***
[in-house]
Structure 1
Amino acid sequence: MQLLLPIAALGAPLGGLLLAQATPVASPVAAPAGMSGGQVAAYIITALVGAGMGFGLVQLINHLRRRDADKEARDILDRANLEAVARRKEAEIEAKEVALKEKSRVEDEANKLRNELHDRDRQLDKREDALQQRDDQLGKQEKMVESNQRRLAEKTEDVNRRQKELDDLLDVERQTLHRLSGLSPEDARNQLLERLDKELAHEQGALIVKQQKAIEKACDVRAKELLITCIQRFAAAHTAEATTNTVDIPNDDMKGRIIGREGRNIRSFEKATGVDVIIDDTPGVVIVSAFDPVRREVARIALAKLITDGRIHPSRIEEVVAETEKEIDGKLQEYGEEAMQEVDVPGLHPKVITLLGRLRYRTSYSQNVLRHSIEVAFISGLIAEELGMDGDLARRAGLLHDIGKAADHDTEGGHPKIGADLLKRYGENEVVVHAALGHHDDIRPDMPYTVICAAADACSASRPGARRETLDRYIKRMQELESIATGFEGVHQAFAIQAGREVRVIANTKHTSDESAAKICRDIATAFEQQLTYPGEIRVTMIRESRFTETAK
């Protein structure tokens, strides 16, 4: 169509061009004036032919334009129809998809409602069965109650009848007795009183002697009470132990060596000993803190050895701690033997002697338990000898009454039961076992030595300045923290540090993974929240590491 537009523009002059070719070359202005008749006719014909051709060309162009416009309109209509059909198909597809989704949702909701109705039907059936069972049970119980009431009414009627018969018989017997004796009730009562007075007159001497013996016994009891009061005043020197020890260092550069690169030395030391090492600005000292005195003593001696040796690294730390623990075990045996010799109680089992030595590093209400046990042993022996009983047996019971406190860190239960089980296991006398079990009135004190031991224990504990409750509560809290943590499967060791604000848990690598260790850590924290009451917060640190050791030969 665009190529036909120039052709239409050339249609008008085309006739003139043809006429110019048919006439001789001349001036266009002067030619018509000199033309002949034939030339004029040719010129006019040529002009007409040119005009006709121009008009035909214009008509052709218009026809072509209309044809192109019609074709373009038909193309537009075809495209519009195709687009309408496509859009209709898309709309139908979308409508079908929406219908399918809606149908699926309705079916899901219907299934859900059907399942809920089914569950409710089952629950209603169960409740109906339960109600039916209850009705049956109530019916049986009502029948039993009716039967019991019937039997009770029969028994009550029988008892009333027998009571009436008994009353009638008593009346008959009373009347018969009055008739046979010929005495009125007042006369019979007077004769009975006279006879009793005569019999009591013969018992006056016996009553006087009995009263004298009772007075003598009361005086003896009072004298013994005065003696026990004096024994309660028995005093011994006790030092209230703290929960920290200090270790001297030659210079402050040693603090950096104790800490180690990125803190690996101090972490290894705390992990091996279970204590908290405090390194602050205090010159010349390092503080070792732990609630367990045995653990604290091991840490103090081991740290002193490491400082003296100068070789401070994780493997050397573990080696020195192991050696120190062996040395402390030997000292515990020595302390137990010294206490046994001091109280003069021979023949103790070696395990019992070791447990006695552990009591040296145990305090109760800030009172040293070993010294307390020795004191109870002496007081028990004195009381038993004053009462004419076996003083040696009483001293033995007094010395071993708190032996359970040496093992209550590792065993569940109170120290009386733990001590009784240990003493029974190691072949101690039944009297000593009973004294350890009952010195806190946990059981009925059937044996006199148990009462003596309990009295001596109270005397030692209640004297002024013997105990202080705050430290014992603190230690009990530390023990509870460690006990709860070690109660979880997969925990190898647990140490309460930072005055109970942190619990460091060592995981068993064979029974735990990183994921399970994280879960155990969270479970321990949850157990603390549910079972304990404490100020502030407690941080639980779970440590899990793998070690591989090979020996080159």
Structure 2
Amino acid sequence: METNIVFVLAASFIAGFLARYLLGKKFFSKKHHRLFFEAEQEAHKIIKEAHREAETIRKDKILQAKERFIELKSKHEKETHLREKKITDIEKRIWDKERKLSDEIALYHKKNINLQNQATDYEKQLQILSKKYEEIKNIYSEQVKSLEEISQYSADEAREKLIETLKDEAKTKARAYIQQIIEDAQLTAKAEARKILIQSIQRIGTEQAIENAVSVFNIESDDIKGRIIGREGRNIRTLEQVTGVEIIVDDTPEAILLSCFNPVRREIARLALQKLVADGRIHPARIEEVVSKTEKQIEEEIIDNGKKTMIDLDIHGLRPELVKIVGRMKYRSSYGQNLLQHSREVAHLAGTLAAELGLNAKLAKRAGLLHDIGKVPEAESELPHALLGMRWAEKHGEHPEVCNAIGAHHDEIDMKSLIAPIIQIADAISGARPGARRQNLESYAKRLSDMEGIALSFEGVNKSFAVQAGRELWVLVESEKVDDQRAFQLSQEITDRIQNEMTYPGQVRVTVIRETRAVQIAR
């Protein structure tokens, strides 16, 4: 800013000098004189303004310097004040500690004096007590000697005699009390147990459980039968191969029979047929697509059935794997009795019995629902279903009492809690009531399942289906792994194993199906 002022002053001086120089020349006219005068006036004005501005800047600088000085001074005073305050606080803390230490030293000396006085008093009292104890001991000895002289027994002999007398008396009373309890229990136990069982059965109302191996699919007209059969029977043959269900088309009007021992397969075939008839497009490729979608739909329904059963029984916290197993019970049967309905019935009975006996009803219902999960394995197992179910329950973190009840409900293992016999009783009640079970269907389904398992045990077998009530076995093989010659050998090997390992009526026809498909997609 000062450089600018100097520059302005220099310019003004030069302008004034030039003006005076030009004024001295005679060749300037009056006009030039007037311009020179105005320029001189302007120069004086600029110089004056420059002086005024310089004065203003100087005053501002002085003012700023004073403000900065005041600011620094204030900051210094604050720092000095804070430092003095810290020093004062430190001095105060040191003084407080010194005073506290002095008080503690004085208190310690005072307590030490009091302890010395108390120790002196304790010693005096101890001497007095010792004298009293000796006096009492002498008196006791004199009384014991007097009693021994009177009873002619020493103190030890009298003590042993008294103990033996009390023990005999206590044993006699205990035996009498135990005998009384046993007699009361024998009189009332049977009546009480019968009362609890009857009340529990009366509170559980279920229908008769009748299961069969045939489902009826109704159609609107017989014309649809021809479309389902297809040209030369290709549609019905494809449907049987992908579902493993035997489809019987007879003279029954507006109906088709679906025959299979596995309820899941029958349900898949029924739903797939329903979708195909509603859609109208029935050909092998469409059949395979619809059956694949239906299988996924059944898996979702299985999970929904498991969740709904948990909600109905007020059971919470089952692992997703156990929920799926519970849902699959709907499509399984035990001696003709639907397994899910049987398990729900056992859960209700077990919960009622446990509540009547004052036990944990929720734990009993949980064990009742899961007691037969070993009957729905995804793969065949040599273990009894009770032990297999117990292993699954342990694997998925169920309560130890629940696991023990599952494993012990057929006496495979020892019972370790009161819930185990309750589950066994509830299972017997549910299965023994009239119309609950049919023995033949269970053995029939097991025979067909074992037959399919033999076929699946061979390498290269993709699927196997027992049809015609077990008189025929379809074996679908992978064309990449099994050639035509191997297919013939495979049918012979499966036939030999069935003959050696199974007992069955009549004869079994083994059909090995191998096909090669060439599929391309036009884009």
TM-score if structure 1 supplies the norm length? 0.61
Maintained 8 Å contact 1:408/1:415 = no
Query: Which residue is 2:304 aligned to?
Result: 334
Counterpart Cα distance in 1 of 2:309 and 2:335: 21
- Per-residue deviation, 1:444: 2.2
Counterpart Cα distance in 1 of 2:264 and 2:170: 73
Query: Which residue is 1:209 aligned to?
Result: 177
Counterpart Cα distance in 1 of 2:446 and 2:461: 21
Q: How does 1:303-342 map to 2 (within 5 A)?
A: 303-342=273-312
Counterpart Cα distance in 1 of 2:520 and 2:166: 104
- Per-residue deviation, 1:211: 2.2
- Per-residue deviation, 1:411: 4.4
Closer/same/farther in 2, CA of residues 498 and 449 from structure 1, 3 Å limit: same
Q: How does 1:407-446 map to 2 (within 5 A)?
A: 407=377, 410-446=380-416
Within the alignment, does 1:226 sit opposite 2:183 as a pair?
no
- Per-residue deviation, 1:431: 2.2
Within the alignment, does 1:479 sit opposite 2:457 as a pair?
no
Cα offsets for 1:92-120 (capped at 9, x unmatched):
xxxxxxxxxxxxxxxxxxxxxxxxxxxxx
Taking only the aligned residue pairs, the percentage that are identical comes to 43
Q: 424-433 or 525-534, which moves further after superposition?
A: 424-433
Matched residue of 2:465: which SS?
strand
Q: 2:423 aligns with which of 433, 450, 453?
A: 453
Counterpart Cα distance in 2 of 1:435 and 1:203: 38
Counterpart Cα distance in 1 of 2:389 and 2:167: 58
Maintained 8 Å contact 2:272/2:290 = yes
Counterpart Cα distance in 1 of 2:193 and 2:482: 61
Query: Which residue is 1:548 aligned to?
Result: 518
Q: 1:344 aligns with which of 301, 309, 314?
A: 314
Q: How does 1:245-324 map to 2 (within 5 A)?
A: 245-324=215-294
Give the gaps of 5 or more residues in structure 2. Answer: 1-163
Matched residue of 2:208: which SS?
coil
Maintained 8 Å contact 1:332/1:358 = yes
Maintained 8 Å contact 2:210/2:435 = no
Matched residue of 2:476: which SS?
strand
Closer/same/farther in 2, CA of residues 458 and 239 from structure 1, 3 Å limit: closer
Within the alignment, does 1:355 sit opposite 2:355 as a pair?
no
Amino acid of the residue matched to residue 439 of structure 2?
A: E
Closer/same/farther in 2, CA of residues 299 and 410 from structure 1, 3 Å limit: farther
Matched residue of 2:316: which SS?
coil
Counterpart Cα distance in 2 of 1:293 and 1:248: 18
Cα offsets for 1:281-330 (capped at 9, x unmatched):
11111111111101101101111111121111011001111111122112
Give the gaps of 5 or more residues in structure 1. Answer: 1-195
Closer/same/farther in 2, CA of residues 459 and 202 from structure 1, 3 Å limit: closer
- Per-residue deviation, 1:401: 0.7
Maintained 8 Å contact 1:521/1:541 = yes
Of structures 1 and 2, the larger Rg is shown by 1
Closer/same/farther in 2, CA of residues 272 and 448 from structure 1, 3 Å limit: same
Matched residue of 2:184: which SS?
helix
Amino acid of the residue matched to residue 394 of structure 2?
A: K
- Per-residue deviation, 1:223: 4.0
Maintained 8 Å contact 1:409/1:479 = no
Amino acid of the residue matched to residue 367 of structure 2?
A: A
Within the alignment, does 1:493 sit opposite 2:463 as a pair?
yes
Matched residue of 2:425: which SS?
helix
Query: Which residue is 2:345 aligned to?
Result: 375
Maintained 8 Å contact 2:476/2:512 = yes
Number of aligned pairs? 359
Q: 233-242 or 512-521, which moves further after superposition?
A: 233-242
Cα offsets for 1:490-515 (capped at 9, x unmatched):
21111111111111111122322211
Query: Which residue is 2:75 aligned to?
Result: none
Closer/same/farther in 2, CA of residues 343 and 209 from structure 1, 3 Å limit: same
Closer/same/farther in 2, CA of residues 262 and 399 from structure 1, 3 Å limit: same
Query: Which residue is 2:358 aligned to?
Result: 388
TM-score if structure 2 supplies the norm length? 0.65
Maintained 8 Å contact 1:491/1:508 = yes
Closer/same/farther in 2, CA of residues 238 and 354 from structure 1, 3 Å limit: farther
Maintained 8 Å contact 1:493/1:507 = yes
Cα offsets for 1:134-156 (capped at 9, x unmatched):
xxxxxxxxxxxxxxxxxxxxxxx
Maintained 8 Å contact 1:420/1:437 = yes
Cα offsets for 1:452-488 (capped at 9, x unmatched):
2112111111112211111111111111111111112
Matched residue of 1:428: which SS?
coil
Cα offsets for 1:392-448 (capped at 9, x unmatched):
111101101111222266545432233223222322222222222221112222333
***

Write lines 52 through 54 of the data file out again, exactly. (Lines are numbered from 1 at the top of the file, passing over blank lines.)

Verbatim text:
coil
Maintained 8 Å contact 1:332/1:358 = yes
Maintained 8 Å contact 2:210/2:435 = no